Fall 2019: We are cautiously optimistic given mixed global economic signals

November 6, 2019

In the third quarter, stock markets struggled to maintain the pace of growth set in the first two quarters. Our outlook now sees the global economy being at an important inflection point as underlying signals we monitor are pointing to diverging trends.

Over the last few months, stock markets struggled to maintain the pace of growth set in the first two quarters of 2019. The MSCI All Country World Index was basically unchanged in the quarter and yet it remains up over 15% since the beginning of the year.  Meanwhile, bonds benefitted from a further decline in yields throughout the quarter.

Our outlook now sees the global economy being at an important inflection point as underlying signals we monitor are pointing to diverging trends.  On the one hand, incoming economic data and expectations regarding future growth have deteriorated, indicating that we may be closer to the end of the business cycle.  However, trends in inflation and various capital market indicators indicate that financial conditions remain accommodative with room for further support from both monetary and fiscal policy globally.  At the same time, we continue to see few signs of economic imbalance that typically lead to recessionary conditions and our base case remains that the global economy will avoid a sharp downturn entering into next year.

Looking more closely, we continue to favour both North American stocks and currencies relative to International developed markets and Emerging Markets at this time.   It will be particularly important to monitor economic expectations in the regions and geopolitical concerns such as Brexit and the US-China trade dispute for signs of improvement which could signal an opportunity to rotate into these regions over the coming months.  The prospects for an economic upturn are highest out of China due to the lagged impact of policy decisions in the region over the past 18 months, which in turn may benefit economies in the Eurozone and other Emerging Markets.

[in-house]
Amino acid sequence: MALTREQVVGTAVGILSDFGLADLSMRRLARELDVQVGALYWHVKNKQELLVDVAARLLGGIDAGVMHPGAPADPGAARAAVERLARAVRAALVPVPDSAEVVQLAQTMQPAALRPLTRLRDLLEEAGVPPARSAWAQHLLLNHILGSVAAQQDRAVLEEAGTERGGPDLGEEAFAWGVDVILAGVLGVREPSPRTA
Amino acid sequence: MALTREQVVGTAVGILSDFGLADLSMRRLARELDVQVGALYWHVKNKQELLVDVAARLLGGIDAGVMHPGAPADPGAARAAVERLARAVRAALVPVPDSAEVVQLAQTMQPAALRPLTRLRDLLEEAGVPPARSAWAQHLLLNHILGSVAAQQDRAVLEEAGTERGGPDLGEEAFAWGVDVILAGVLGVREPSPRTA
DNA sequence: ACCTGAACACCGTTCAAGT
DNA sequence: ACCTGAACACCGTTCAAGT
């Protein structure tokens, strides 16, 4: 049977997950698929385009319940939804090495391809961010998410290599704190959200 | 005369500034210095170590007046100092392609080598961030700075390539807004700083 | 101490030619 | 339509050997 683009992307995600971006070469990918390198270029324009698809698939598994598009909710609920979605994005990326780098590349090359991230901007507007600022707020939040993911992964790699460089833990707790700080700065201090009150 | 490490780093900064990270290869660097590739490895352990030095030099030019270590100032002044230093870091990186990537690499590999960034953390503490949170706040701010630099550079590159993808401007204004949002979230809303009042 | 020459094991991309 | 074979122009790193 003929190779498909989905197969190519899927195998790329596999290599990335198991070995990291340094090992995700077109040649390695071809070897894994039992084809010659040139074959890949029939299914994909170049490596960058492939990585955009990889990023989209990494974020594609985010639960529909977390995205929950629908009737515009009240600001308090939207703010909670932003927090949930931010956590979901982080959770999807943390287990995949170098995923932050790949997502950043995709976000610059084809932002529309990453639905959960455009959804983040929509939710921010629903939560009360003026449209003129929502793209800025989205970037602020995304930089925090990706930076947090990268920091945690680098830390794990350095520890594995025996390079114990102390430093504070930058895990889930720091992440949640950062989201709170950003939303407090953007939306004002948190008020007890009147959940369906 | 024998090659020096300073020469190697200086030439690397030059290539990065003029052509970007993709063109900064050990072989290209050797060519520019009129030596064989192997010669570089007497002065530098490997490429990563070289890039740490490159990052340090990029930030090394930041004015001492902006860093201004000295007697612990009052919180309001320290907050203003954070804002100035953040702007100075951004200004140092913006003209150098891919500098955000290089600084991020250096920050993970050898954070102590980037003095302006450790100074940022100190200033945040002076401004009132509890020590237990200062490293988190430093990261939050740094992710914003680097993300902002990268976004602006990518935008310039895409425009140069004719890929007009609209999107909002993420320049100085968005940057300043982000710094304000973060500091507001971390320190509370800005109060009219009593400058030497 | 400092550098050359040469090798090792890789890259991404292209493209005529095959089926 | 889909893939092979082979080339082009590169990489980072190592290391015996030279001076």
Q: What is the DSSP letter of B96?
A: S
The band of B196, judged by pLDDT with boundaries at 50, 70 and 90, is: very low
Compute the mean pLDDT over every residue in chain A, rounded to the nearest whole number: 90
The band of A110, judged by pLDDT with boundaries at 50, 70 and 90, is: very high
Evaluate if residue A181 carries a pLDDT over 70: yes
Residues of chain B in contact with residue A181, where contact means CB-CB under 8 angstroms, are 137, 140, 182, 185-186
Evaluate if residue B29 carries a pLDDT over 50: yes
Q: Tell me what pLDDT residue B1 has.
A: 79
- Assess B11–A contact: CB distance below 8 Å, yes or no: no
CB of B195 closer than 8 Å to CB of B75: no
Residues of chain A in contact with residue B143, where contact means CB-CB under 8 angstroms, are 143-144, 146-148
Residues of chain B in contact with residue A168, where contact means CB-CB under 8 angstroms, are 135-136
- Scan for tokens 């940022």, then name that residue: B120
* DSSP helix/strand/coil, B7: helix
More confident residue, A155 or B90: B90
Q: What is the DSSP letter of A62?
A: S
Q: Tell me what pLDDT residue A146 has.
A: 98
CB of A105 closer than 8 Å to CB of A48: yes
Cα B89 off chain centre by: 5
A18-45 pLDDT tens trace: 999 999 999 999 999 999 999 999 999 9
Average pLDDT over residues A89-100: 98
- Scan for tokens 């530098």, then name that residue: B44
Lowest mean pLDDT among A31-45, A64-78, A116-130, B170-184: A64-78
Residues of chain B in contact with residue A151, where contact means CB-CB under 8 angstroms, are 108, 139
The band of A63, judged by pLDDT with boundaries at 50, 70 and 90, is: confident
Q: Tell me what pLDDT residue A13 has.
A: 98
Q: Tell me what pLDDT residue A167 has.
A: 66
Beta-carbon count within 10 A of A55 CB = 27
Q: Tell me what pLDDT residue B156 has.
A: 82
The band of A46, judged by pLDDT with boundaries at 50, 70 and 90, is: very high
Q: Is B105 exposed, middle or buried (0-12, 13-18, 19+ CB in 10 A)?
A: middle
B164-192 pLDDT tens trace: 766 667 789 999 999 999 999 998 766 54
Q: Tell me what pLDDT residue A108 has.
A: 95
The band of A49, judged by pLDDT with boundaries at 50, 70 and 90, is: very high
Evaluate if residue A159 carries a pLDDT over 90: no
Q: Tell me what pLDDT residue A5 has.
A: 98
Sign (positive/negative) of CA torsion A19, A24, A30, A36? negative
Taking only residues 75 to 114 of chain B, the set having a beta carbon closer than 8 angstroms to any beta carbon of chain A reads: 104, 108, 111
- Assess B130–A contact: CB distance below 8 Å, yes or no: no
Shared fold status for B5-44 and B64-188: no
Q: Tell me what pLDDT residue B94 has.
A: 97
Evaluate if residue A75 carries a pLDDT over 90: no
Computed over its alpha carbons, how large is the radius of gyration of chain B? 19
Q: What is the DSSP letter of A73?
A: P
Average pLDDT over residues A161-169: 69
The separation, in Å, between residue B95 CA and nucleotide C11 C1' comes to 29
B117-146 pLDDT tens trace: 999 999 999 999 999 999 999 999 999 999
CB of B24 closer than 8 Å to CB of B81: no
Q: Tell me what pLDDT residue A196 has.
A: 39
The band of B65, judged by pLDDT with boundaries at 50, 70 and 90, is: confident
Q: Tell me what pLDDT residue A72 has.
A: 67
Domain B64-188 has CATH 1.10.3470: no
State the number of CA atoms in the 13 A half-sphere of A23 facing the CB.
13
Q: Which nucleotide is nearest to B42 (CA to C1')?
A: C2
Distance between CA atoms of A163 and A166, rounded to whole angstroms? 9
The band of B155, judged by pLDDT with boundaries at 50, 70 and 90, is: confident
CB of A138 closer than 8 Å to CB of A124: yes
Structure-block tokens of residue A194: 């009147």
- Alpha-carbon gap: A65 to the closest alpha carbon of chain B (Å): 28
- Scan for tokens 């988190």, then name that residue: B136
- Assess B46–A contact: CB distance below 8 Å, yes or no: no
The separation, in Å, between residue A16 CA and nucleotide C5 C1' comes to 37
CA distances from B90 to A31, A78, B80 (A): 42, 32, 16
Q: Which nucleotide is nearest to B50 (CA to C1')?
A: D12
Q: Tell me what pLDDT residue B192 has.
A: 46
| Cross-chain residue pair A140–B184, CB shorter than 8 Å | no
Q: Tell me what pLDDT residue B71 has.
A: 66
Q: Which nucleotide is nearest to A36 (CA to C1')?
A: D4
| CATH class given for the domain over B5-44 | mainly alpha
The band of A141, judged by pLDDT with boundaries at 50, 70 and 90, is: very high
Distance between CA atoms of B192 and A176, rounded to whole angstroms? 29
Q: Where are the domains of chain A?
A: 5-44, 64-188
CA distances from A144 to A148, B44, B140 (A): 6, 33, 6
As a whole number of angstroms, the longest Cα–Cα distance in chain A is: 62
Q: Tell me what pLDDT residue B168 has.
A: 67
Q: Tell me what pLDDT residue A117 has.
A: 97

In the meantime, our overall current stance remains cautious on risk assets as we prefer to see further signs of stabilization in the business cycle prior to taking a more optimistic stance.  The good news for investors is that these conditions may materialize over the coming months as some of the headwinds due to the global economy recede.

Previous Video
Fall 2019: MD funds and portfolios continue to help investors achieve their financial goals
Fall 2019: MD funds and portfolios continue to help investors achieve their financial goals

Fixed income returns remain exceptionally strong as interest rates declined. Equity returns are in line wit...

Next Article
Why I think Canada will avoid a recession next year and the loonie will outperform
Why I think Canada will avoid a recession next year and the loonie will outperform

While the risk of a U.S. and global recession has increased, Canada should avoid a downturn in 2020. The lo...

×

Subscribe to our Newsletter

I allow MD Financial Management (including MD Financial Management Inc., MD Management Limited, MD Private Trust Company MD Life Insurance Company and MD Insurance Agency Limited), the Bank of Nova Scotia and other members of the Scotiabank group of companies (“Scotiabank Members”) to send me electronic messages (such as emails and SMS text) about their products and services, offers, events, and other valuable information as well as information about the products and services of other Scotiabank trusted partners that may be of interest to me.  This consent is being sought on behalf of each MD Financial Management and Scotiabank Member which includes any company(ies) or person(s) that form a part of the Scotiabank group of companies in the future. View the MD Privacy Policy here.
!
Thank you!
Error - something went wrong!